Monday Message 27.07.20

Chair’s Update:
Caroline Goodwin QC

 

 

 

THE FORGOTTEN PROFESSION

DO WE HAVE ANY WORTH?

We need action and a positive response from this government.

Since the 23rd of March 2020, when trials formally ceased, it would be an understatement to say that it has been a battle royale to engage with the government and to get them to recognise that we, as a profession actually exist.

We can be forgiven for thinking that they neither care nor are really interested in the problems that this profession presently faces.

They have given us nothing.

They have saved millions.

On a rough and ready calculation, they have saved approximately a third of the budget which would ordinarily go to the criminal bar in particular the bar conducting trials.

Shame, on a government that says is it interested in law and order.

Shame, on a government which identifies this profession as” key workers” and yet will offer no financial support.

Shame, on a government that is going to sit idly by and watch a profession slowly and painfully collapse.

Shame, on those in Treasury who in a high-handed arrogant way dismiss the publicly funded bar away.

YES MINISTER, NO MINISTER, THREE BAGS FULL MINISTER:

Our help and cooperation in assisting during this crisis has garnered no favours with Treasury. We are surrounded by parasites slowly draining us of our resources, taking our ideas, utilising our skills, expecting us to provide more for nothing. We have endeavoured to support the sinking ship that they created, and this is indeed the wreck of the Hesperus. We have answered the Siren’s call and like all heroes we have been given naught.

FINANCIAL AID: WHAT HAVE THEY GIVEN US WHEN WE HAVE GIVEN SO MUCH ?

The Bars asks of Treasury went unanswered, ignored and were booted to high heaven.

Re the Legal Aid Agency: we argued for and wrote many policy papers, with innovative ideas to help the profession, such as for special preparation to be paid to those cases which had a trial date vacated due to COVID-19. So far nothing.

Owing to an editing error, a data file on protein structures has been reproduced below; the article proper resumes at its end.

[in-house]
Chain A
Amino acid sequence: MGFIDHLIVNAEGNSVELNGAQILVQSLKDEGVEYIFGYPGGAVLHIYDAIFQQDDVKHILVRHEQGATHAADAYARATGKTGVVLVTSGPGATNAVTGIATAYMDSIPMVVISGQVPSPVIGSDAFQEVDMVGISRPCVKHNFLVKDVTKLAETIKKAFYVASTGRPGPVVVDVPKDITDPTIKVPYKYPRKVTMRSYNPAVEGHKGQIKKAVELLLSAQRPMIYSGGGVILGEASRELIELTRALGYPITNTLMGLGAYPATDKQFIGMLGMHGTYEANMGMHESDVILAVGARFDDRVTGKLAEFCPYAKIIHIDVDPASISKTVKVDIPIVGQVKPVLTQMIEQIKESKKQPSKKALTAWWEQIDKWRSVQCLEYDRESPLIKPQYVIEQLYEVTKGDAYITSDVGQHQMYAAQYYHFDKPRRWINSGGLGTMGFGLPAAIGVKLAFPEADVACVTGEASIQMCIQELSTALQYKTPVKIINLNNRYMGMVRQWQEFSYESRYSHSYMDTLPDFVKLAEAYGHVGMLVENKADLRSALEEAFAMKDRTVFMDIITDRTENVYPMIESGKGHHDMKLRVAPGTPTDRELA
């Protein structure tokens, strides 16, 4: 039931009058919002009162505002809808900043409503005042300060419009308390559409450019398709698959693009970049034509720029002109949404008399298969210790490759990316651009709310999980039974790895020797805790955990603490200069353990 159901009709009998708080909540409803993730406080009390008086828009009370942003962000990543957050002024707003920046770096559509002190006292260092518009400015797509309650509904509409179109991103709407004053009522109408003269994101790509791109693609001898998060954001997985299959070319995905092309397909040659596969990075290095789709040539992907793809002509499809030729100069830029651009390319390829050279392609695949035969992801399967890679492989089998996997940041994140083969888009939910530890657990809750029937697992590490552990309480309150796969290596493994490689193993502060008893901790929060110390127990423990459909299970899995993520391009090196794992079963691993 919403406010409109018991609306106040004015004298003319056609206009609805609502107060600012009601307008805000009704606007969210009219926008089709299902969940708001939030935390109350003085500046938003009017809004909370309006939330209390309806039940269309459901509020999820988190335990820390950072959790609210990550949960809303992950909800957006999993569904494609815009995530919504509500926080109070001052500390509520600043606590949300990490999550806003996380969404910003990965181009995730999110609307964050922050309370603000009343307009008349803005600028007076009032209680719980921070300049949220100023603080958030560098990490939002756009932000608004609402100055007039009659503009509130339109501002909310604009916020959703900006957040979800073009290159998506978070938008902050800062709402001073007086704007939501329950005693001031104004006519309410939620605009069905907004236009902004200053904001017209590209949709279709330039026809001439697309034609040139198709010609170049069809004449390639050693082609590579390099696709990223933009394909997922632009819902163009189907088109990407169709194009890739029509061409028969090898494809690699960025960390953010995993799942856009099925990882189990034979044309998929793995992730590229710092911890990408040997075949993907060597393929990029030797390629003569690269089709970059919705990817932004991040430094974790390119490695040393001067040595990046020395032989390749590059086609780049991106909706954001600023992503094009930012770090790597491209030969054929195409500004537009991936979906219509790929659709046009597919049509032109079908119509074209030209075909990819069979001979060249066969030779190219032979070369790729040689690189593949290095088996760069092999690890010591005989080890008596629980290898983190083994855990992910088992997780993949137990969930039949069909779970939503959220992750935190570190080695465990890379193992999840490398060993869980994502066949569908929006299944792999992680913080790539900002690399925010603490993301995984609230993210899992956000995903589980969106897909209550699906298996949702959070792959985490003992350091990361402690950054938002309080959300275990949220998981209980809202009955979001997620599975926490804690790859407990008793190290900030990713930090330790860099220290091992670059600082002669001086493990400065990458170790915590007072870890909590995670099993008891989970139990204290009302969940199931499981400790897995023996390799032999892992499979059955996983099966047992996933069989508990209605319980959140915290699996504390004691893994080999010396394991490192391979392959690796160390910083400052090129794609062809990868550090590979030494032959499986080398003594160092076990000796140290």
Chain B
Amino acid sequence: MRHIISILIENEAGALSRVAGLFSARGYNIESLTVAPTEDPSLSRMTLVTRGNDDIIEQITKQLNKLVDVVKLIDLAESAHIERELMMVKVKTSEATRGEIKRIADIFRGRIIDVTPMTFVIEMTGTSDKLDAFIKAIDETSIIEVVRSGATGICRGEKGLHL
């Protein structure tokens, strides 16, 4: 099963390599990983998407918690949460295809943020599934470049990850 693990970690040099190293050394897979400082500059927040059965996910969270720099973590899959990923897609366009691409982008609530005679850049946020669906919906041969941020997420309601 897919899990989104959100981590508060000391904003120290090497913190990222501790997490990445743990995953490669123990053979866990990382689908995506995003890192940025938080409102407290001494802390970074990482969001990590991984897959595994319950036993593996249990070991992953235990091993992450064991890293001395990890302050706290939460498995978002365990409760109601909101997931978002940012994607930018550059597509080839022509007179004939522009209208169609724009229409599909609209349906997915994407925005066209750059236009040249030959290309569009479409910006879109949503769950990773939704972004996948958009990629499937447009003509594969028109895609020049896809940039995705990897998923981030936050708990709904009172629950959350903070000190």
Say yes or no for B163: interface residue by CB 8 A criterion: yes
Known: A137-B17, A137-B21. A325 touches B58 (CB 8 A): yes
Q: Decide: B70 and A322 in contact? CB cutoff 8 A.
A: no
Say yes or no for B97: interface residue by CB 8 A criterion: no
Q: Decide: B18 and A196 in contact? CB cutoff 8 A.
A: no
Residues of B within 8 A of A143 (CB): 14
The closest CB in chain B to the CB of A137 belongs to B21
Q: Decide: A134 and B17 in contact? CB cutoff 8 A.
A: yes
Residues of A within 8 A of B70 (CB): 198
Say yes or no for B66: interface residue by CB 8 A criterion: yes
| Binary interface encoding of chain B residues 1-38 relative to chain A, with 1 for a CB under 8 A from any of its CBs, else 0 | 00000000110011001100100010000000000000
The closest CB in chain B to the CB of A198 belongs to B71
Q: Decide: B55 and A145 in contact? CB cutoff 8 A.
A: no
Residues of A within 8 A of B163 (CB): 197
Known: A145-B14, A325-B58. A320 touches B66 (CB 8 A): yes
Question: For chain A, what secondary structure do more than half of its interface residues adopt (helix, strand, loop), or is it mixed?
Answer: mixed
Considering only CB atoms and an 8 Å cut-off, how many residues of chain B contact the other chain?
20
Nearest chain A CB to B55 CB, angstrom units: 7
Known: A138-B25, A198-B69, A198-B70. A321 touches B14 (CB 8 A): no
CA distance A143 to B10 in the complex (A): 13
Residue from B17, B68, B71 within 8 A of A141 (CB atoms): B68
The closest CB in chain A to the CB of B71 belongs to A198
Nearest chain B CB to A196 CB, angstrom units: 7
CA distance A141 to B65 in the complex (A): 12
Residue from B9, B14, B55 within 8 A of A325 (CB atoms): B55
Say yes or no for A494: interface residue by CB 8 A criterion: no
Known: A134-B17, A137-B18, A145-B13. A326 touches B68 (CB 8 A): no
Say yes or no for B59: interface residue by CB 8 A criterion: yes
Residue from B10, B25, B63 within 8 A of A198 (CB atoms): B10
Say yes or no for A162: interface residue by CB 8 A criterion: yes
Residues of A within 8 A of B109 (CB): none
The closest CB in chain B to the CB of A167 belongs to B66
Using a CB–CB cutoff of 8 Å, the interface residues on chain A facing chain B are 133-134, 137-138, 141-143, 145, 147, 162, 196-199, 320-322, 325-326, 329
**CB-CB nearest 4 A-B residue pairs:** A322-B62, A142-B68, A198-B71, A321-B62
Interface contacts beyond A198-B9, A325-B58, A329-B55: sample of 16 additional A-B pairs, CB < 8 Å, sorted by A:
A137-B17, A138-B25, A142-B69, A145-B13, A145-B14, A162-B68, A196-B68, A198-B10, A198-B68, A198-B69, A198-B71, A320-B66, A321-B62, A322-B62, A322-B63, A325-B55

All we have seen, in brutal terms, is an opportunity to try and access existing money, designated to a trial. No compensation, not even a scintilla of real assistance and yet they remain shocked when we don’t take up hardship payments. That is because people are fearful that they cannot pay it back, due to existing debt. The bureaucracy surrounding the LAA makes any attempt at claiming something, stressful and one might thing designed to put people off.

CPS: No extra money, but their systems and their attitude does deserve positive recognition.

MOJ: More meetings, trying to keep CLAR 1 in sight and get ready for CLAR 2. The endless discussions about the need for financial aid, falling flat at the door of Treasury.

WORKING GROUPS: covering the re- start of criminal trials, from the emperor’s new clothes, Nightingales or is it Blackstone Courts, this week? To ideas for building reopening protocols, to risk assessments on air ducting. I suppose I can be a heating engineer after all of this. To the consideration of PPE, to the plexiglass in court, to the personal needs of juries and how they will be accommodated in court; to the misery that has been created for practitioners by the lack of consistency over listing protocols and the vexed question of whether a hearing should be remote or not. To wear PPE or not to wear PPE that is the question. The sea of troubles is relentless.

The Crime Recovery Engagement Group, The Extended Operating hours group, multi hander sub group, magistrates recovery groups, the listing group, the S28 group and more.

We have given so much of our time; hours of meetings, day in and day out and we need to see some action for us.

Of course, it was depressing to see that there was an increment for the public sector. We don’t begrudge the acknowledgement that they are deserving but let’s be honest, it felt like a kick in the teeth and what do they expect us to say to you…carry on? It will be all right because you are a resilient profession?

ANY REWARD FOR THIS MASSIVE EFFORT?